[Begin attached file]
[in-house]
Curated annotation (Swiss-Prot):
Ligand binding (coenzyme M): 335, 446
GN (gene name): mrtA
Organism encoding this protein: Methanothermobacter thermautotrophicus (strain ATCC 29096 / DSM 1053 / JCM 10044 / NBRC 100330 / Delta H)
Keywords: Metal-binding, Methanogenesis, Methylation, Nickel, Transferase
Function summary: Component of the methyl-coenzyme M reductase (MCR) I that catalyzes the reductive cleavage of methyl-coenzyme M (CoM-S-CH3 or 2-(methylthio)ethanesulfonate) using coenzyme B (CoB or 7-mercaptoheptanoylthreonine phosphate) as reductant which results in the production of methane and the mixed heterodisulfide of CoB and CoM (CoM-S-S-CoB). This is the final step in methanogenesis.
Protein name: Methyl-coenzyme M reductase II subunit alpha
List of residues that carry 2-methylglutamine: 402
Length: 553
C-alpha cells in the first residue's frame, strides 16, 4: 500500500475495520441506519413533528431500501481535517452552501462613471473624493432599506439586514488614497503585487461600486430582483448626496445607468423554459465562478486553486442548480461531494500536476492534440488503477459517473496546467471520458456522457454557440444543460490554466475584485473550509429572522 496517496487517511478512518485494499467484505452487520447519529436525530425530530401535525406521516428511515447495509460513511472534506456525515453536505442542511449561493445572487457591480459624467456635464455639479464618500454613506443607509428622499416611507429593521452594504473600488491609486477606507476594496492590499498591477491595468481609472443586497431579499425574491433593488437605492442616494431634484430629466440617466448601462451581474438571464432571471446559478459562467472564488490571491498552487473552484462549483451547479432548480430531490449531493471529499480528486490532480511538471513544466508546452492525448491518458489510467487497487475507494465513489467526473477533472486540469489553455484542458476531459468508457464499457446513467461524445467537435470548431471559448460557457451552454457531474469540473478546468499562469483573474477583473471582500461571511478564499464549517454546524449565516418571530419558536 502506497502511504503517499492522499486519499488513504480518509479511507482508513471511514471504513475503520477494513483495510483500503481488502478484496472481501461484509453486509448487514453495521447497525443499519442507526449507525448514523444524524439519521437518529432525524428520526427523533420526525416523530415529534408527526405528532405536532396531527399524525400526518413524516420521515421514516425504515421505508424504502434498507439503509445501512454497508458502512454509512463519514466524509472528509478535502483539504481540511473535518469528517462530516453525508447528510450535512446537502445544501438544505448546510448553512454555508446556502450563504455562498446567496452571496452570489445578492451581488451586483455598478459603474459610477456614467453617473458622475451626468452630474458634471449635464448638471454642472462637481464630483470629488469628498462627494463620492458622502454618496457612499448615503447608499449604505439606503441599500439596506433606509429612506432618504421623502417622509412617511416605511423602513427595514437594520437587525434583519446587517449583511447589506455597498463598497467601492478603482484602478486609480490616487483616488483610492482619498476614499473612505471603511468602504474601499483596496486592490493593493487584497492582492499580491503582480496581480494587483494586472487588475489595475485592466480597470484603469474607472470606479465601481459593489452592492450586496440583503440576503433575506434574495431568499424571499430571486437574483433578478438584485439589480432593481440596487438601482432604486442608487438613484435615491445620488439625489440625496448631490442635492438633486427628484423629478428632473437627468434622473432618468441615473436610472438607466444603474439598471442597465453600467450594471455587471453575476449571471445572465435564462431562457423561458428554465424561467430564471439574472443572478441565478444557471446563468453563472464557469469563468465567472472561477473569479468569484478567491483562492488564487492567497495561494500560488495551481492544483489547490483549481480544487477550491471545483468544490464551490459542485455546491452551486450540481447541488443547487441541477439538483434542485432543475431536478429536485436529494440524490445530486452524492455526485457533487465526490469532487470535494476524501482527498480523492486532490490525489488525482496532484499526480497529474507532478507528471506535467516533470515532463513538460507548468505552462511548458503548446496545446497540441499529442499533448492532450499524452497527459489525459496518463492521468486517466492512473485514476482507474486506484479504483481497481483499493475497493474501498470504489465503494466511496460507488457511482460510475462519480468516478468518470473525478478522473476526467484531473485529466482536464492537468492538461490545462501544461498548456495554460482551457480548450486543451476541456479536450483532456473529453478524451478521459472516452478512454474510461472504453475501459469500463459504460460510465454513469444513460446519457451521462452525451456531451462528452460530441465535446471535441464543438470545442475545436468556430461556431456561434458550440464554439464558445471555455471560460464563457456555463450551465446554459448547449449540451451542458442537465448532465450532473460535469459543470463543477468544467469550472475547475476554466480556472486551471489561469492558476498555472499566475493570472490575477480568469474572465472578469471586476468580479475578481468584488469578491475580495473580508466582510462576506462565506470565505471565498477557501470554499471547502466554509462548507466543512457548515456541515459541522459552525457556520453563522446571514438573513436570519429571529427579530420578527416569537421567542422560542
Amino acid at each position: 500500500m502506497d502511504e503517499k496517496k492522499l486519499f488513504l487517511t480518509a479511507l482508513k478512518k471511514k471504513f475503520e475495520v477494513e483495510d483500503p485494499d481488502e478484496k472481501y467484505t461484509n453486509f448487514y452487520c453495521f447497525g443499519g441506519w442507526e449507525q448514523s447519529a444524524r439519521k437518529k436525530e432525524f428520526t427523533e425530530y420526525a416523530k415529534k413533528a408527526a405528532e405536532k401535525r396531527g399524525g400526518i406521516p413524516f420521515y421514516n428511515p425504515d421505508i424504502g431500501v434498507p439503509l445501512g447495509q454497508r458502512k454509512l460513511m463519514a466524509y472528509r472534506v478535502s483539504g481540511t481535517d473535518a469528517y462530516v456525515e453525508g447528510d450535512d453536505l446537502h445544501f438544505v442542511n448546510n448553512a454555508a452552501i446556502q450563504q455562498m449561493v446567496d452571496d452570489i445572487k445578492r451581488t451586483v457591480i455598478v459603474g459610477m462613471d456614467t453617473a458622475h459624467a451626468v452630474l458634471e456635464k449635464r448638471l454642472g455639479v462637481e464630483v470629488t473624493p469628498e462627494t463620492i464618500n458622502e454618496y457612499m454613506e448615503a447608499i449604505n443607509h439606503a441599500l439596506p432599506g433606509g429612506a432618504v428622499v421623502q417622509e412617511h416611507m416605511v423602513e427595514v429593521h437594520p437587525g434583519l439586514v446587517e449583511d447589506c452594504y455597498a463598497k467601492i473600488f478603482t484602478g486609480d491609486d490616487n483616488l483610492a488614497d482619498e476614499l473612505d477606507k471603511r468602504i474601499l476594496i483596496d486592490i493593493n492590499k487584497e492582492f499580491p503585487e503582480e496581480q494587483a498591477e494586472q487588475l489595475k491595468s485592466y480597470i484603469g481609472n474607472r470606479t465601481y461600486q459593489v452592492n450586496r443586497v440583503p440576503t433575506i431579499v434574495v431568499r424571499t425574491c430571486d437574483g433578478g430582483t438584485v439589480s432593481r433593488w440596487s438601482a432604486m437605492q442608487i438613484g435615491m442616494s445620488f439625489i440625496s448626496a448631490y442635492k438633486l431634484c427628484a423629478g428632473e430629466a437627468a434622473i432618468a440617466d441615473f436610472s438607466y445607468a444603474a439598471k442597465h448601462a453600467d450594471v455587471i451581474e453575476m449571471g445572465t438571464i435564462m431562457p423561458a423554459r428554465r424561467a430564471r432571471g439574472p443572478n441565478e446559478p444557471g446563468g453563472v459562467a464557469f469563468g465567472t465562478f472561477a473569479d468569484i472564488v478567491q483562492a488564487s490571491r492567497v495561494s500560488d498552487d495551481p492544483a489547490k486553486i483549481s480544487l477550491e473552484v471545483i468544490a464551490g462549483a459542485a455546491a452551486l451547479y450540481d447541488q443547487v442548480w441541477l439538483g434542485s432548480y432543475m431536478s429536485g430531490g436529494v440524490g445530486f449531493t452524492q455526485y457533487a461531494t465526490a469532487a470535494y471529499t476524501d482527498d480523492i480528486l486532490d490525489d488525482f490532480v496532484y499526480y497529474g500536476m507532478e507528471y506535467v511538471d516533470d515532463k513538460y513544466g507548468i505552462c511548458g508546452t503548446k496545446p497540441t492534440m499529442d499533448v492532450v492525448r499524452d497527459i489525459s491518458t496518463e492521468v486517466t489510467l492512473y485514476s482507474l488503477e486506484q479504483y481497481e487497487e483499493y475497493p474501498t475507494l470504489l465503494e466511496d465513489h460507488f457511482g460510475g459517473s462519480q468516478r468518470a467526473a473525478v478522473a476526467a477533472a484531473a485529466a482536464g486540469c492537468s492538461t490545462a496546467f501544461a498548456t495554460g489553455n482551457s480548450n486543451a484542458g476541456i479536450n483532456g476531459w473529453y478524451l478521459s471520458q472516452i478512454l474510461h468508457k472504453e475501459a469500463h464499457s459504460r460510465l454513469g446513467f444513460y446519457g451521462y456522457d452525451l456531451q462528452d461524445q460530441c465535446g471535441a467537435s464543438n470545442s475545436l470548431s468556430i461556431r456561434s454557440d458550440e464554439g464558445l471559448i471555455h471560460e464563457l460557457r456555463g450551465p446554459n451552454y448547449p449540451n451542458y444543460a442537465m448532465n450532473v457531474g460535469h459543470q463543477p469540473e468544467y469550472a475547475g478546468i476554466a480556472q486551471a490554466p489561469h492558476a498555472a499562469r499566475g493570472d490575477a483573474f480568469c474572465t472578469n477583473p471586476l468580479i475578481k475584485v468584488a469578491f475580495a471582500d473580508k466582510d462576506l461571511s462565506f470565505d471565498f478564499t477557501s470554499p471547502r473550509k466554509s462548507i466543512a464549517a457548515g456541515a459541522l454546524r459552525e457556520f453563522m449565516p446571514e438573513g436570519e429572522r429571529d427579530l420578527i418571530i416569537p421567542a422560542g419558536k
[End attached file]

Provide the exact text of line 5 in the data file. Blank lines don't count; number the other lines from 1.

Organism encoding this protein: Methanothermobacter thermautotrophicus (strain ATCC 29096 / DSM 1053 / JCM 10044 / NBRC 100330 / Delta H)